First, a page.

Keyword
in
Collection
Date
to
Kumar, Rathna
Kumar transcript, 2 of 2
File size: 135 KB
Citation
MLA
APA
Chicago/Turabian
University of Houston. Kumar, Rathna - Kumar transcript, 2 of 2. August 2, 2007. Special Collections, University of Houston Libraries. University of Houston Digital Library. Web. June 23, 2021. https://digital.lib.uh.edu/collection/houhistory/item/811/show/810.

Disclaimer: This is a general citation for reference purposes. Please consult the most recent edition of your style manual for the proper formatting of the type of source you are citing. If the date given in the citation does not match the date on the digital item, use the more accurate date below the digital item.

University of Houston. (August 2, 2007). Kumar, Rathna - Kumar transcript, 2 of 2. Oral Histories from the Houston History Project. Special Collections, University of Houston Libraries. Retrieved from https://digital.lib.uh.edu/collection/houhistory/item/811/show/810

Disclaimer: This is a general citation for reference purposes. Please consult the most recent edition of your style manual for the proper formatting of the type of source you are citing. If the date given in the citation does not match the date on the digital item, use the more accurate date below the digital item.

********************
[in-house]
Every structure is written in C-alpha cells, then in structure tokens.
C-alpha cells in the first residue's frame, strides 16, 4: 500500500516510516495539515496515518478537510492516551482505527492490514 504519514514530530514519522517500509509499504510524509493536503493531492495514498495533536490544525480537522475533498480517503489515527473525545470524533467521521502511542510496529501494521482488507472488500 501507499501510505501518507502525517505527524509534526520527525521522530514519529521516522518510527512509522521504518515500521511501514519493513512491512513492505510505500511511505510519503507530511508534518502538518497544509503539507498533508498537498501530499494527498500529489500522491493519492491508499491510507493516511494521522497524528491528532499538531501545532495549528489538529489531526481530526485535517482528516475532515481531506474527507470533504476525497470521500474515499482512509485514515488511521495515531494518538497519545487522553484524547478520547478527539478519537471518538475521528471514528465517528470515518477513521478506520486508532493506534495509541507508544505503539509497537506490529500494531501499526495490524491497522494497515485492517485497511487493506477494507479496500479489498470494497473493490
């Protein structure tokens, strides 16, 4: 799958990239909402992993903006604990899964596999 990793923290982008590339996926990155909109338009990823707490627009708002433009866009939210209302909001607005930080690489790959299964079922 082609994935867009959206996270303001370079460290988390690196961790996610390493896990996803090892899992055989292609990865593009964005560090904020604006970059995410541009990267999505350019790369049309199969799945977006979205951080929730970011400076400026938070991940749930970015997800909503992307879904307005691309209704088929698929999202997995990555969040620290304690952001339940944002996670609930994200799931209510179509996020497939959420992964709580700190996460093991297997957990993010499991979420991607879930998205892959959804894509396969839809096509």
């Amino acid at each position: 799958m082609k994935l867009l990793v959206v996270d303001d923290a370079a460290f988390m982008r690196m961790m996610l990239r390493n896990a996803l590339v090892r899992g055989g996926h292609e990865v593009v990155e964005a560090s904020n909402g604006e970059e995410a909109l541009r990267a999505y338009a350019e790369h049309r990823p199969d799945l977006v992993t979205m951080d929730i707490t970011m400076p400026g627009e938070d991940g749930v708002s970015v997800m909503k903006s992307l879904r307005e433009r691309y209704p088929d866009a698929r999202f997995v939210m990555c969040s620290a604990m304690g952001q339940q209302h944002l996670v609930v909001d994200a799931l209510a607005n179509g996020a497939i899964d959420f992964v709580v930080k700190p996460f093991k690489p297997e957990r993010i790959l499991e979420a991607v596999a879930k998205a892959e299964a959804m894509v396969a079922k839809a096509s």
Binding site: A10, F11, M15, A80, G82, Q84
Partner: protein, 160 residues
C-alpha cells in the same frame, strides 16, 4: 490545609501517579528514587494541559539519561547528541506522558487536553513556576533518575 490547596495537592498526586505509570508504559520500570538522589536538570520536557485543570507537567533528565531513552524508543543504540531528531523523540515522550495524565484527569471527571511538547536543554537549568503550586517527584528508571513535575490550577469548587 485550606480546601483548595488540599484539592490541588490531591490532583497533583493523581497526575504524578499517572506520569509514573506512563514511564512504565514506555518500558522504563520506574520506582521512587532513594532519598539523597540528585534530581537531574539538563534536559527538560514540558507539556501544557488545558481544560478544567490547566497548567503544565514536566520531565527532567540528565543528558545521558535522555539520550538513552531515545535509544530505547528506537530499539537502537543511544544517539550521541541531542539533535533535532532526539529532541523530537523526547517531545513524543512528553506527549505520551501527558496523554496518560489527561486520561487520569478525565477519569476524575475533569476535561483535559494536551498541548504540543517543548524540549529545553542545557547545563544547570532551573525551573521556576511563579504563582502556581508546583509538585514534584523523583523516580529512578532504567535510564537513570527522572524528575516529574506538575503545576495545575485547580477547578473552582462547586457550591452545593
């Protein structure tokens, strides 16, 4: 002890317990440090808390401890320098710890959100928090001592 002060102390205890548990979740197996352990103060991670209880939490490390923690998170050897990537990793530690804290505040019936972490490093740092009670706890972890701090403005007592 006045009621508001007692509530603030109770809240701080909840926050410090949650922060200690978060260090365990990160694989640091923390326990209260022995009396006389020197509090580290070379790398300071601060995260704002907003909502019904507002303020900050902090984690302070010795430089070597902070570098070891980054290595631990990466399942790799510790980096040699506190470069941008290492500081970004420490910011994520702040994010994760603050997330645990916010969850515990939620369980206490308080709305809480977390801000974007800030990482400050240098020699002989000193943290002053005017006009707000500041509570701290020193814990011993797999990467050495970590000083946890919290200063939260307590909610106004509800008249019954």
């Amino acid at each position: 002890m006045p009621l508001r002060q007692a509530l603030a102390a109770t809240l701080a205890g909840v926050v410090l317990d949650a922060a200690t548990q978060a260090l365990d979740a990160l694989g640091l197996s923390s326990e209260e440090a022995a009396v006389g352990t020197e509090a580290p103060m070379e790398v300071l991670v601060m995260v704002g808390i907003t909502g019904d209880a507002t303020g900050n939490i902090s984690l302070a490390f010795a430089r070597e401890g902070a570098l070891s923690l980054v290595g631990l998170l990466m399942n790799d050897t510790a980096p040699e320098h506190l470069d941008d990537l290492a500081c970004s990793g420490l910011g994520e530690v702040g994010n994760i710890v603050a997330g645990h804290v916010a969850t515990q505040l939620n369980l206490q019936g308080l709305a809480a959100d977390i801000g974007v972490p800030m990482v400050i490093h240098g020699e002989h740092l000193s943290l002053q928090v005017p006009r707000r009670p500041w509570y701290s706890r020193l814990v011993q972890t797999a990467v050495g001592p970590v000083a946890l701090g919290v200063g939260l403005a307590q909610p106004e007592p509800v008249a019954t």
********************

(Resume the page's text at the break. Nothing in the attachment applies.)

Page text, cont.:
University of Houston, Kumar, Rathna - Kumar transcript, 2 of 2, August 2, 2007, Oral Histories from the Houston History Project, Special Collections, University of Houston Libraries, accessed June 23, 2021, https://digital.lib.uh.edu/collection/houhistory/item/811/show/810.

Disclaimer: This is a general citation for reference purposes. Please consult the most recent edition of your style manual for the proper formatting of the type of source you are citing. If the date given in the citation does not match the date on the digital item, use the more accurate date below the digital item.

URL
Embed Image
Compound Item Description
Title Kumar, Rathna
Creator (LCNAF)
  • University of Houston
Creator (Local)
  • Houston History Project
Contributor (Local)
  • Quaraishi, Uzma, interviewer
  • University of Houston, project
Date August 2, 2007
Description This is an oral history interview with Rathna Kumar conducted as part of the Houston History Project.
Subject.Topical (LCSH)
  • Emigration and immigration.
Subject.Name (LCNAF)
  • Kumar, Rathna
Subject.Geographic (TGN)
  • Sugar Land, Texas
Genre (AAT)
  • interviews
Language English
Type (DCMI)
  • Sound
  • Text
Original Collection Oral Histories - Houston History Project
Digital Collection Oral Histories from the Houston History Project
Digital Collection URL http://digital.lib.uh.edu/collection/houhistory
Repository Special Collections, University of Houston Libraries
Repository URL http://info.lib.uh.edu/about/campus-libraries-collections/special-collections
Use and Reproduction Educational use only, no other permissions given. Copyright to this resource is held by the content creator, author, artist or other entity, and is provided here for educational purposes only. It may not be reproduced or distributed in any format without written permission of the copyright owner. For more information please see the UH Digital Library Fair Use policy on the "About" page of this website.